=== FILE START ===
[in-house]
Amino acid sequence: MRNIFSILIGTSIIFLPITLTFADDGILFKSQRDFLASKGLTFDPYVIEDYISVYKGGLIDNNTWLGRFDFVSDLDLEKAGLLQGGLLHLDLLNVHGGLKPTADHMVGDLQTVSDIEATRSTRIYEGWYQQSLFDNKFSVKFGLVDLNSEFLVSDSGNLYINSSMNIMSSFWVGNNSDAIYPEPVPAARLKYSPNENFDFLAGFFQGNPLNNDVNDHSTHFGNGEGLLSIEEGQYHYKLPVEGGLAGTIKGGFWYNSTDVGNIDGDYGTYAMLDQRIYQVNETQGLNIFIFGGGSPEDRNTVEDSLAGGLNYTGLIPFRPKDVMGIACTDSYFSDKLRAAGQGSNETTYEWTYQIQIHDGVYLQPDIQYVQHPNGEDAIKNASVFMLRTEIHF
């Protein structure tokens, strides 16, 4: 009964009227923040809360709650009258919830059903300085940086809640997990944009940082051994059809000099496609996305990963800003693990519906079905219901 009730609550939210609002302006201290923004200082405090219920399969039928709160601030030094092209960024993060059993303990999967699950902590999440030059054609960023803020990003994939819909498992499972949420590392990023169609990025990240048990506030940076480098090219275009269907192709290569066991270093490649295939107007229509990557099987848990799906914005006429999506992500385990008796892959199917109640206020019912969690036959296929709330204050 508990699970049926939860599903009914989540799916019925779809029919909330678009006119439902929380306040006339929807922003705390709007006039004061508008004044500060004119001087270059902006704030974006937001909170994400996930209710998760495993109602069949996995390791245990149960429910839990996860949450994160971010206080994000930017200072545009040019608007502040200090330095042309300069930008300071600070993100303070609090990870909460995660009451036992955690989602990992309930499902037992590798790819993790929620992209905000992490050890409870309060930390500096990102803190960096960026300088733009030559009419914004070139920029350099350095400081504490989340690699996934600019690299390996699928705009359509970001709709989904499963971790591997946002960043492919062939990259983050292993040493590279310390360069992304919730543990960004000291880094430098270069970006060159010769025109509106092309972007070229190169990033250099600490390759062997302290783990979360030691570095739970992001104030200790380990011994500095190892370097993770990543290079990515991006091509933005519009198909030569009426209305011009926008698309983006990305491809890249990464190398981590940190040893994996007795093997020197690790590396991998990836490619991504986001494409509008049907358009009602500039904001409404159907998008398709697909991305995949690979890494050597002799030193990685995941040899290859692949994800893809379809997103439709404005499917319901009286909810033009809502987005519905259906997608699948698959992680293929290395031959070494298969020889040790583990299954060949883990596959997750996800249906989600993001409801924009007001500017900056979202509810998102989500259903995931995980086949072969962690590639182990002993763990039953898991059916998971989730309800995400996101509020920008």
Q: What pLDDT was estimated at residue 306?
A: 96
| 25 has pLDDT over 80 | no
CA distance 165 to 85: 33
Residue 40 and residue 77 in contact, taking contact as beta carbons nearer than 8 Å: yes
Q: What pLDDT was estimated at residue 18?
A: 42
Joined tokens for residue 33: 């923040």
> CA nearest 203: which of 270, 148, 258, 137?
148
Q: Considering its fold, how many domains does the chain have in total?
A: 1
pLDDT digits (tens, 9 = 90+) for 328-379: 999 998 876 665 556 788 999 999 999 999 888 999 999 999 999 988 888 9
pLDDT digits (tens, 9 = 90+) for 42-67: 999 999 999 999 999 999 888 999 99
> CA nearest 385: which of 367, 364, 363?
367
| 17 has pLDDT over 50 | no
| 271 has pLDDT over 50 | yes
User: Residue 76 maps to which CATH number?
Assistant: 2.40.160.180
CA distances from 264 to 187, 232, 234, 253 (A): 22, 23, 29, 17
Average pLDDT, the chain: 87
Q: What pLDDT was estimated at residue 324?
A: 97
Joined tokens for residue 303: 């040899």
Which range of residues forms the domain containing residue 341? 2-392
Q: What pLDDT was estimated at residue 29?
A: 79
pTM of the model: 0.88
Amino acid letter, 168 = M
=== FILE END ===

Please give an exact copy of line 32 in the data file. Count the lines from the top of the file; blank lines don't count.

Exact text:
pTM of the model: 0.88